Eight Ways to Dispose of Home Remodeling Debris
Friday, February 1, 2013
That home remodel you have been saving up for might have a hidden cost you didn't expect. The disposal fees of old materials, including carpet, drywall, and flooring, can drive up the cost by a substantial amount. Add in a few buckets of paint and an old appliance or two and suddenly you are looking at a serious removal job that you might not have figured into your budget.
Ways to cut cost of removing remodeling debris
If you are hit with the sticker shock of that construction dumpster or removal fee, spring into action to cut down on the cost.
Before beginning a home remodeling project, make sure disposal fees are included in the contractor's estimate. Keep in mind that the cost of renting a dumpster might be the same regardless of how much debris you are able to recycle or reuse.
- If that old carpet is still in good shape, donate it to your local Goodwill or charitable organization to help other homeowners. Do you have a shed or playhouse on your property that could use the carpeting? Give it a second home by installing it elsewhere.
- If you have leftover paint, don't toss it. Offer it to coworkers, friends, and family instead. No takers? Your local community theater would probably be able to use the paint for their stage sets.
- Appliances that still work can be sold on Craigslist or in your local newspaper. A resale store or charitable group might pick them up from you for little or no fee.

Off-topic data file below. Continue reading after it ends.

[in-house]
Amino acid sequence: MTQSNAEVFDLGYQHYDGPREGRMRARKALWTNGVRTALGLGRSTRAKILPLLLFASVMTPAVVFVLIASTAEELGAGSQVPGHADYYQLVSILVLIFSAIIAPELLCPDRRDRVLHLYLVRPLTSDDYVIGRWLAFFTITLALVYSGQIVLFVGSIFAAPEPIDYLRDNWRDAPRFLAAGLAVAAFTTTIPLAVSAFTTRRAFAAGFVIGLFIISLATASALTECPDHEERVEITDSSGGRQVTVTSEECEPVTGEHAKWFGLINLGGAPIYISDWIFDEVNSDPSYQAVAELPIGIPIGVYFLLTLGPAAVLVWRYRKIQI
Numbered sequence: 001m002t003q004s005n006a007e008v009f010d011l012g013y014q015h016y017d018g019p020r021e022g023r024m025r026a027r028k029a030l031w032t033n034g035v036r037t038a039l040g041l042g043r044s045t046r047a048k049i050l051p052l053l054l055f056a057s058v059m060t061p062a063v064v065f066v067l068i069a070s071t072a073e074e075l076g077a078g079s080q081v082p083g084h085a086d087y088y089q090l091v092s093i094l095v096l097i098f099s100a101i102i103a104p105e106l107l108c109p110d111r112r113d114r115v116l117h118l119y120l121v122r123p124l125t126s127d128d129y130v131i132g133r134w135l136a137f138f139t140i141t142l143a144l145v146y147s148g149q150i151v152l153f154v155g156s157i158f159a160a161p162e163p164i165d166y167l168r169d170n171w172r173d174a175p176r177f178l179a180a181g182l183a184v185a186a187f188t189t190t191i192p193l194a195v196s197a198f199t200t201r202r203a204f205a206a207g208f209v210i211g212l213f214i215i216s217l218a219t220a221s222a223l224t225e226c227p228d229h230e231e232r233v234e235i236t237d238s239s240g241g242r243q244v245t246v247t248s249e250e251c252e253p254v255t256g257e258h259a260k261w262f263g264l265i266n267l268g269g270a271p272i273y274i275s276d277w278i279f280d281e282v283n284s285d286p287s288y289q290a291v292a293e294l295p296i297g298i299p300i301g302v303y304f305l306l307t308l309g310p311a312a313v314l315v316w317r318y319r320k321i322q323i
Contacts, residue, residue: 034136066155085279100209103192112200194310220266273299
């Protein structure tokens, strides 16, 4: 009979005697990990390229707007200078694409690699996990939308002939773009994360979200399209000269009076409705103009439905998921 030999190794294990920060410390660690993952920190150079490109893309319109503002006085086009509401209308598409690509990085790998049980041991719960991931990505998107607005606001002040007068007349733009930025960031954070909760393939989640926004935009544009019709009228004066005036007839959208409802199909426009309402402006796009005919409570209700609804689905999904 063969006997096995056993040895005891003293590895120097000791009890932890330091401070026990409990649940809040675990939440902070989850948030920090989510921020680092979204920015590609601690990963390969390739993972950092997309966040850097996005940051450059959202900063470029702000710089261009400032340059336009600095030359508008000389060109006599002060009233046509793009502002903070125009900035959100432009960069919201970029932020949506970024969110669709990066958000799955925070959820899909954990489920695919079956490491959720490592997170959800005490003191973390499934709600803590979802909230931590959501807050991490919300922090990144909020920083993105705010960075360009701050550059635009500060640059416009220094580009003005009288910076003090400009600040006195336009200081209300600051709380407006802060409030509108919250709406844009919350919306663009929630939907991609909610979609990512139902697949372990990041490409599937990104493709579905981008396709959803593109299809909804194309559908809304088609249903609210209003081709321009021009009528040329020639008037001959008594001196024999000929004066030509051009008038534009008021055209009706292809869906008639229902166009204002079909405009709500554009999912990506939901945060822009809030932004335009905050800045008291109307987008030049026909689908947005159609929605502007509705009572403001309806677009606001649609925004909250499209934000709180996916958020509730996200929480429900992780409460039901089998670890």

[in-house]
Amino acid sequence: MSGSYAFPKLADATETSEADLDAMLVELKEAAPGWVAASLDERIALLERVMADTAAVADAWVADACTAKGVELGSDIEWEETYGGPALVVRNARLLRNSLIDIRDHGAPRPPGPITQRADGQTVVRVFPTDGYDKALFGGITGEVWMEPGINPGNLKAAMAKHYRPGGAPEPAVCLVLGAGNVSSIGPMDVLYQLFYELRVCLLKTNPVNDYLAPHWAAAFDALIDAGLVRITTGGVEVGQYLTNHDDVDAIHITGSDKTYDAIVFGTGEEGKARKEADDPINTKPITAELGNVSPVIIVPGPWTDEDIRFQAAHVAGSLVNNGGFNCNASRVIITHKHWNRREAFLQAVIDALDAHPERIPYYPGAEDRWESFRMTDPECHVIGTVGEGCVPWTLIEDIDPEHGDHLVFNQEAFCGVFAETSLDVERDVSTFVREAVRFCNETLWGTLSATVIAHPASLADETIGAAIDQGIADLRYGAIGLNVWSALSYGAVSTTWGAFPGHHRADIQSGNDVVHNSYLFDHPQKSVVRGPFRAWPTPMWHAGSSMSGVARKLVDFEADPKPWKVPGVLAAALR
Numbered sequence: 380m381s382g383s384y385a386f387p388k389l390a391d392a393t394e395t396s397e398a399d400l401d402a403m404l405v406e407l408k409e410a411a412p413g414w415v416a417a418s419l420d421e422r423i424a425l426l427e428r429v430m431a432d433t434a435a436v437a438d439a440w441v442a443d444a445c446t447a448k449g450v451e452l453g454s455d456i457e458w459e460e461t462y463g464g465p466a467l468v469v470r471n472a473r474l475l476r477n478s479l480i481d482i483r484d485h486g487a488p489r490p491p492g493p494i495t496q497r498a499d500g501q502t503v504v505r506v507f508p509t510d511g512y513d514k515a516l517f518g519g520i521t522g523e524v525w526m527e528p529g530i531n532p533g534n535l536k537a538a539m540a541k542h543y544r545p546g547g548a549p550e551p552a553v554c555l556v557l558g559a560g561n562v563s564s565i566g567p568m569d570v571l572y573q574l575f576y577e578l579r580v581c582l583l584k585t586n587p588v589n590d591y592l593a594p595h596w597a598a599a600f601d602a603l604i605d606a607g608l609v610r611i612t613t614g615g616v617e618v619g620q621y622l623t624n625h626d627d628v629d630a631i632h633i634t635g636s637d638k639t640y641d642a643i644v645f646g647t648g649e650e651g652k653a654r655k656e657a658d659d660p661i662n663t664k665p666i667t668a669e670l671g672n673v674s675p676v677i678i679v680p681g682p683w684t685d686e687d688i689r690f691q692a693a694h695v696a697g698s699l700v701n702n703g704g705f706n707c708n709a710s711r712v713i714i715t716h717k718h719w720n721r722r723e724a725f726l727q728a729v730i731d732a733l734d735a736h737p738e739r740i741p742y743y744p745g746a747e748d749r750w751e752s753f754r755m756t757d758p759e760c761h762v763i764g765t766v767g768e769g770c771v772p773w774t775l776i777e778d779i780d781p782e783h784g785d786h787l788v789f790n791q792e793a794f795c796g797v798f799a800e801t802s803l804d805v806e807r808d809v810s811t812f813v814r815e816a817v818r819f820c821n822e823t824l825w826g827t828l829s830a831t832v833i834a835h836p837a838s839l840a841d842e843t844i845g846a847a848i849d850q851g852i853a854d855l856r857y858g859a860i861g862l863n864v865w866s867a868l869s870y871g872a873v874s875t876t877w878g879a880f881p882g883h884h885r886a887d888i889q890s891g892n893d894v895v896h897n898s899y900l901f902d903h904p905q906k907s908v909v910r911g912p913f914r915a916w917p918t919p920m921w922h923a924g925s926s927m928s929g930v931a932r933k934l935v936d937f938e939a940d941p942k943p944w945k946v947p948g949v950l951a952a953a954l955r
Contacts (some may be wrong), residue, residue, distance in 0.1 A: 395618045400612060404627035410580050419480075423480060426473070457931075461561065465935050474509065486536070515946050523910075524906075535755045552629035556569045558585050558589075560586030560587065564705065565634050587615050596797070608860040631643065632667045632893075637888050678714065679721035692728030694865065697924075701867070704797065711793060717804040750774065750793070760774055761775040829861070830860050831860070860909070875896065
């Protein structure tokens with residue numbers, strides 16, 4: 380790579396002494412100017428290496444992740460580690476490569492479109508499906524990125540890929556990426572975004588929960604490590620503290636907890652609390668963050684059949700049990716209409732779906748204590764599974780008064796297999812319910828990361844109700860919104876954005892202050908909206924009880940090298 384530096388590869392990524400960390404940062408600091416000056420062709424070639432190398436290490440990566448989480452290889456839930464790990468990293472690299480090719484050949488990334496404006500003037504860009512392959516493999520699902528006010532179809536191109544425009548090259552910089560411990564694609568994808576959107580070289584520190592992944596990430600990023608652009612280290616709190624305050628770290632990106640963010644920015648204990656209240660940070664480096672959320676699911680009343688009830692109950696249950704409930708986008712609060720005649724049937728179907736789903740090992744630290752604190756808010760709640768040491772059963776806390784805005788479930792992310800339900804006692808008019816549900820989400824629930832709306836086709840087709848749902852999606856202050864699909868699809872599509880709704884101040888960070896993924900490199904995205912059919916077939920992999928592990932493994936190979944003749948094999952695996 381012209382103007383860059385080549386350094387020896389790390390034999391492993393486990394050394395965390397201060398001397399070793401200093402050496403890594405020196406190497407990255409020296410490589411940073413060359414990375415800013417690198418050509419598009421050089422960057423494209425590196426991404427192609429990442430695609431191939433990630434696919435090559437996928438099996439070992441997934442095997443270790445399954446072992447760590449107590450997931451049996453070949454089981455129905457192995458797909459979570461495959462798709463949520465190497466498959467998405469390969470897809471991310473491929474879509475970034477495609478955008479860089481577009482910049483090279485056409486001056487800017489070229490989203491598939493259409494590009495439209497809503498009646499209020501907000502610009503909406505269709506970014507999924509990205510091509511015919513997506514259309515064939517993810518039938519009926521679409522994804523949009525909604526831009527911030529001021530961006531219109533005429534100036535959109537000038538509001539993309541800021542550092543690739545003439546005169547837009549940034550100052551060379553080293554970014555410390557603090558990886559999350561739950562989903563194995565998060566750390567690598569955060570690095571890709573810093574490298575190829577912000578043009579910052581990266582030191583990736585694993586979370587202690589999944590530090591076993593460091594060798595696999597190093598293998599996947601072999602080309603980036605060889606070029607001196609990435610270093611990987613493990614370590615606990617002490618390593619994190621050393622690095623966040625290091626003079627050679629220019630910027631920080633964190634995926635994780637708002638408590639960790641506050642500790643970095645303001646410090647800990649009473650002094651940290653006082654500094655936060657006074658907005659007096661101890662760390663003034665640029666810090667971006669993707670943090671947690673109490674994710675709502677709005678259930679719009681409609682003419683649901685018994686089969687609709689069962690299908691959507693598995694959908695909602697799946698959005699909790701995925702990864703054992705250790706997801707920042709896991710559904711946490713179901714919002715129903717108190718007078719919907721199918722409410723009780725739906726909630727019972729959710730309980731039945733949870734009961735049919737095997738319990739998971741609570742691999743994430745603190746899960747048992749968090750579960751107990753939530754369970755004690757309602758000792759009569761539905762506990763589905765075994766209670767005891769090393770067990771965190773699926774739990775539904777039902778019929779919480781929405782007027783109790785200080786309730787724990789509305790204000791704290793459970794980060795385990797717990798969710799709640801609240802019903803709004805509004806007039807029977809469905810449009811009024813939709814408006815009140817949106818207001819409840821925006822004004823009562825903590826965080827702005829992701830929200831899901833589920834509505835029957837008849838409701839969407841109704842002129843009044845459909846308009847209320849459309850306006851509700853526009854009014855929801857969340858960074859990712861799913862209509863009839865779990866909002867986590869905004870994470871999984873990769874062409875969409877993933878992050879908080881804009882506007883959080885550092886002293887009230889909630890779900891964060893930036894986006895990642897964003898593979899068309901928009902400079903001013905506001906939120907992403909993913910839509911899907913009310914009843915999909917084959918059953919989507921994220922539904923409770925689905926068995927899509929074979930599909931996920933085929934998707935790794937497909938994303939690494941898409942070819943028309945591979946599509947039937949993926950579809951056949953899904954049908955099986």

- Your utility company might offer a rebate for proper disposal of your appliances. Give them a call and ask about programs that can take care of that old refrigerator or air conditioner.
- Is there a way you can repurpose any wood that has been taken out of your home during the remodeling process? Look for creative options, such as building a tree bench. If you must dispose of the wood, ensure that it doesn't have lead paint on it. If it does, special disposal procedures must be followed.
- Asphalt shingles can often be recycled. ShingleRecycling.org is a good place to begin.
- Most drywall ends up being destroyed during the removal process. For those pieces of debris that simply cannot be donated or recycled, make sure their disposal follows all proper guidelines for your city and state. Speak with your contractor about what steps must be taken.
- Finally, separate hazardous waste, such as paint thinners, from the rest of the debris. Your sanitation department can tell you how to dispose of the hazardous waste.
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